Falling Into Life

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It is not easy to live amidst so much suffering and desperation and always find a silver lining. But I really feel it’s a privilege to do the work I do. In this world it’s so easy to lose what we most deeply value.

As life becomes more complicated we find ourselves in repetitive and mentally demanding jobs which we may feel are not very meaningful. We may question what we are doing with our lives and how living the way we do contributes to a better world. At this point many people stop questioning.

They reach a precipice they are afraid to jump off, for to do so would mean they would have to give up the safety net and habits they have. Some of us don’t even have a choice – changes in our life find us falling into uncertainty, unable to hold onto anything familiar. Its very disconcerting when everything we identify with falls apart.

But that is the point at which all great spiritual growth begins. Have you ever noticed no great adventures are written about sitting in an arm chair and watching tv?

Sometimes spiritual transformation is not blissful or comfortable, it’s like having old skin ripped off so that new and deeper wisdom can emerge. And wisdom is not a static thing – you can never rest on your laurels. It’s a process of unfolding and being present with mindfulness and compassion to what is.

There is a quote by a Tibetan Lama called Trungpa Rinpoche that is appropriate here, to paraphrase.

’There is nothing to hold onto in this falling we are experiencing, but fortunately there is also no bottom.’

What I’m trying to say here is that the spiritual path is messy and not always comfortable. Life is messy and not always comfortable. It’s hard to create a better world… but that doesn’t mean we shouldn’t try.

When I first ordained as a nun, I had many unrealistic dreams and expectations. I imagined myself rising above the miseries of the mundane world and living a holy sylvan existence with other holy people.

The reality was of course, very different. There was no place for western monastics, there was no training in my own language and no gender equality. I was encouraged to do a lot of housework and service.

I was not treated the same as a Tibetan, but it was really good for my ego that was seeking comfort and certainty in a new and more holy incarnation! Even later in monasteries I found nuns fighting with each other. Monasteries are just microcosms for the larger world, people inside them still have problems, but the point is they are trying to clean their minds.

So there is some spiritual moral support to be found in spiritual groups. I quickly realised there was no way to help the world unless I purified my own minds greed, hatred, egotism and ignorance and developed more compassion and understanding for others.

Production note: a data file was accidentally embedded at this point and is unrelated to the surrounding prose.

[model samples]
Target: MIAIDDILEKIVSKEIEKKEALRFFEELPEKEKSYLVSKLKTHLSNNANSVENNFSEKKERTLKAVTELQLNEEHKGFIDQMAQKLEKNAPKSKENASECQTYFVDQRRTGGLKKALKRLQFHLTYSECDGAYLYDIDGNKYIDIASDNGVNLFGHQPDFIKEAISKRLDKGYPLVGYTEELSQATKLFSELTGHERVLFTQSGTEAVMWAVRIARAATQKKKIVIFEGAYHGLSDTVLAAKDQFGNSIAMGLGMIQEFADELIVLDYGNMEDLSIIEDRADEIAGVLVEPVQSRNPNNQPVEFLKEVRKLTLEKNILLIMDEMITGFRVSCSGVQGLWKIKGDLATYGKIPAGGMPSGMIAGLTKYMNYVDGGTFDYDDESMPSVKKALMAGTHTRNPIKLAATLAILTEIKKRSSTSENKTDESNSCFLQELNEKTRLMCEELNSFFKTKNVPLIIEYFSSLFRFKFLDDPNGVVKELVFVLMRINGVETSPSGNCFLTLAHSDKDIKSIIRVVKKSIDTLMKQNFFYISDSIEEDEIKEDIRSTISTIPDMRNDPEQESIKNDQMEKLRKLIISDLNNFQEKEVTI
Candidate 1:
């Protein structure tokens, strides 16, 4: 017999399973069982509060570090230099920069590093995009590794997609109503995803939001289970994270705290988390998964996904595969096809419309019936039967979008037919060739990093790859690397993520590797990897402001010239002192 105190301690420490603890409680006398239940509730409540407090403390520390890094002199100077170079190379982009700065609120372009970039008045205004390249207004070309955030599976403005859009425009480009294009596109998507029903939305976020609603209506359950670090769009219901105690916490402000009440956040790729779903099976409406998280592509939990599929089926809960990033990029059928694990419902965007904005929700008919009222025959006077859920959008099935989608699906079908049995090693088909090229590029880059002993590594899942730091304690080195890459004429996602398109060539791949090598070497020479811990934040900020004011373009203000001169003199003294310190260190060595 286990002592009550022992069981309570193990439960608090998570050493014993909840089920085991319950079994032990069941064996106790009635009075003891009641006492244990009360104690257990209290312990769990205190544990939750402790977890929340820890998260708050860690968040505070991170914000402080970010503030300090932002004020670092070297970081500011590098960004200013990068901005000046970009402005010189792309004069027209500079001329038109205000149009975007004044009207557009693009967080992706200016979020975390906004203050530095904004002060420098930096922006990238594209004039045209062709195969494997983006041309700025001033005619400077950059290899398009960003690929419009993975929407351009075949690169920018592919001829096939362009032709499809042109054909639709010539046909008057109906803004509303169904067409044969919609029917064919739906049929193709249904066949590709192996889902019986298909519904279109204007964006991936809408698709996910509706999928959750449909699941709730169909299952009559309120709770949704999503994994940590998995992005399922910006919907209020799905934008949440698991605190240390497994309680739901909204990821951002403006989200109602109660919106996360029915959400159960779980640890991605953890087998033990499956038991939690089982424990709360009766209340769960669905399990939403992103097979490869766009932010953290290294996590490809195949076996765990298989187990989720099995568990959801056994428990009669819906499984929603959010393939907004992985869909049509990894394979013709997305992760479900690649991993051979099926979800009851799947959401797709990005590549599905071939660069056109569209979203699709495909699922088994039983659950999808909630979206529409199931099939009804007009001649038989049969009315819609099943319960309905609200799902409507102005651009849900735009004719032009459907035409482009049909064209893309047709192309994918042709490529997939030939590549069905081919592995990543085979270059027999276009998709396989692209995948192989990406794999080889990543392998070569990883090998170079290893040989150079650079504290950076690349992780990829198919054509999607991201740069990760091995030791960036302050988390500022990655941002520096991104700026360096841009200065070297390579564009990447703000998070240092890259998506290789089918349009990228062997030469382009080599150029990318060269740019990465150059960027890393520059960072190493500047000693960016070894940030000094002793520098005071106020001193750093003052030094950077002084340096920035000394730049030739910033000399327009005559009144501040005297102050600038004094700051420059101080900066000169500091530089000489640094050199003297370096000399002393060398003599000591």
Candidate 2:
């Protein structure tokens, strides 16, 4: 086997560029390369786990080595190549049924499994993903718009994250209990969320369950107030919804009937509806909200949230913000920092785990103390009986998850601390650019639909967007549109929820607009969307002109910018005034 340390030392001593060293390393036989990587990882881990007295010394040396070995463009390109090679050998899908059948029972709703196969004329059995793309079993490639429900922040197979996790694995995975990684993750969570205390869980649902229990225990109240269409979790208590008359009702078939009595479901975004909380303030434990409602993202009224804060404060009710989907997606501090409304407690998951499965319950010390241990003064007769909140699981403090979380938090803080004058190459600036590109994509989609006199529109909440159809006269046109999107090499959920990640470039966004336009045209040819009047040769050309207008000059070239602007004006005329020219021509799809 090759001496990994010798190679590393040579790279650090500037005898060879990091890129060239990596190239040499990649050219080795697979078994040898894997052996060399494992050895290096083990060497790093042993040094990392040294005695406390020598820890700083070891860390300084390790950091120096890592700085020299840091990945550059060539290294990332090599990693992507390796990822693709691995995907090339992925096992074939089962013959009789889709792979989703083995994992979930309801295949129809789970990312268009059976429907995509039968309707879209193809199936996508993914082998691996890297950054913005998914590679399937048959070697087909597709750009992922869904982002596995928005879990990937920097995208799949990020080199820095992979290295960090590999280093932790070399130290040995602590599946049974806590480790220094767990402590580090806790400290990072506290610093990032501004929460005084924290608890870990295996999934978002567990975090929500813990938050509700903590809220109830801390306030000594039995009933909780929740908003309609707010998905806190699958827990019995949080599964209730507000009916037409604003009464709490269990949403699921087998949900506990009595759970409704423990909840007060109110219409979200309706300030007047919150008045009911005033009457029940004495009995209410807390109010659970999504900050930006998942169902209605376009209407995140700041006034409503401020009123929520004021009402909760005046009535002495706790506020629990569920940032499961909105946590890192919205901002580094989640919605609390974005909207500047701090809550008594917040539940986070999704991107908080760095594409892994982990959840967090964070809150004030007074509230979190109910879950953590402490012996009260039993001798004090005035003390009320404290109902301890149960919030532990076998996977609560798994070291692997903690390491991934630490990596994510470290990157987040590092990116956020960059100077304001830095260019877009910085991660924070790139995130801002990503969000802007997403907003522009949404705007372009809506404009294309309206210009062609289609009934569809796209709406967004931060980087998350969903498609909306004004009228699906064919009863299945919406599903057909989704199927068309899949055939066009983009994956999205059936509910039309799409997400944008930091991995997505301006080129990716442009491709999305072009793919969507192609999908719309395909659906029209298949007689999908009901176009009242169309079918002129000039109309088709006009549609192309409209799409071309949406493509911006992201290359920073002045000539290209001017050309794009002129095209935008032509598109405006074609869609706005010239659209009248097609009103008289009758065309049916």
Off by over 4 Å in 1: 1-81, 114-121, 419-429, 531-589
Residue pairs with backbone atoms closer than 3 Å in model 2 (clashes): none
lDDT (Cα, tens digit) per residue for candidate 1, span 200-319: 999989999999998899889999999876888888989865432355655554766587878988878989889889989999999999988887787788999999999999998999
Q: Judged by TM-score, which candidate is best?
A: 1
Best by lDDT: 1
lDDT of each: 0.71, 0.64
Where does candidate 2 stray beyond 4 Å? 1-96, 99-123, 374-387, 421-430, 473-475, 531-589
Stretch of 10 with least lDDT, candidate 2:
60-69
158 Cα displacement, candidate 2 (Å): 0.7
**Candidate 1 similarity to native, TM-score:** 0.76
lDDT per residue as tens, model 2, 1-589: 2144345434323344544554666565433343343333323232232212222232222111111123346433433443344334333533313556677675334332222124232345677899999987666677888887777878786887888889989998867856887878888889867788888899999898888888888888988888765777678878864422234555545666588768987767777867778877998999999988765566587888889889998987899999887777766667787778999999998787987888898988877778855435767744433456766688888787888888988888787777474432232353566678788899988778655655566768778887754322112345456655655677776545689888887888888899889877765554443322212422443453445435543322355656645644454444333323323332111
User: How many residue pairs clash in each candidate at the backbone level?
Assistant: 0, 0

It’s impossible to really love others unless you get down on their level and walk in their shoes. When you open yourself to others suffering, you also loosen your grip on your own. Everybody wants happiness and love, but mostly they think of taking it, not giving it… that is where we go wrong. We are destroying the planet consuming more and more in our search for happiness. But in the end we just feel empty because we look in the wrong place.

Happiness is not just a personal matter, it’s an internal and communal matter. When we don’t know how to heal ourselves and sit quietly in order to face and transform our suffering how can we find lasting happiness outside? When 80% of the world’s wealth is in the hands of 20% of the worlds population how can there be justice, peace and prosperity?

We share this world with others, so the path to happiness has to also be about ensuring the welfare of others. For me teaching some slum children and making them happy has a greater kick than heroin. I can live with myself knowing I’m doing my bit to create a better and more just world. How can happiness only be about one person when there are 7 billion people in the world? When i focused less on myself and more on others I found my own suffering became very small and manageable. With meditation it lightened even more.

We can’t exist without others, we are all interconnected. The very bodies we have, are given by others. The clothes we have and the food we eat is grown by others. We can read and write thanks to the kindness of others.

We are just like fireflies shining for a few seconds in the larger scheme of eternity, and yet we contain all of heaven and earth, it is because we are part of everything that we can make the world a better place. Live simply, kindly, generously and walk lightly. Love as many people without expectation as you can. Care for the earth and its people.

In the West we do have a whole lot more than half the world who lives on $1.25 a day. For me, this will ensure a wondrous and meaningful new year.

May you all have peace.

Ayya Yeshe Bodhicitta
Bodhicitta Foundation
www.bodhicitta-vihara.com

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About Author

Ayya Yeshe

Venerable Chodron ordained as a nun in 2001. She discovered Buddhism whilst travelling in Nepal and India at the age of 17 on a search for the meaning of life. Coming to India in 2004, Venerable Yeshe studied for seven years in a monastery, but felt a need to make Buddhism accessable and socially engaged, whilst still trying to maintain her contemplative way of life. She met Indian Buddhists in 2005 and has been working with them ever since. Ayya Yeshe is the author of ‘Everyday Enlightenment’. To buy Ayya Yeshe’s book, support the children or contact the Bodhicitta Foundation, visit the website, www.bodhicitta-vihara.com.

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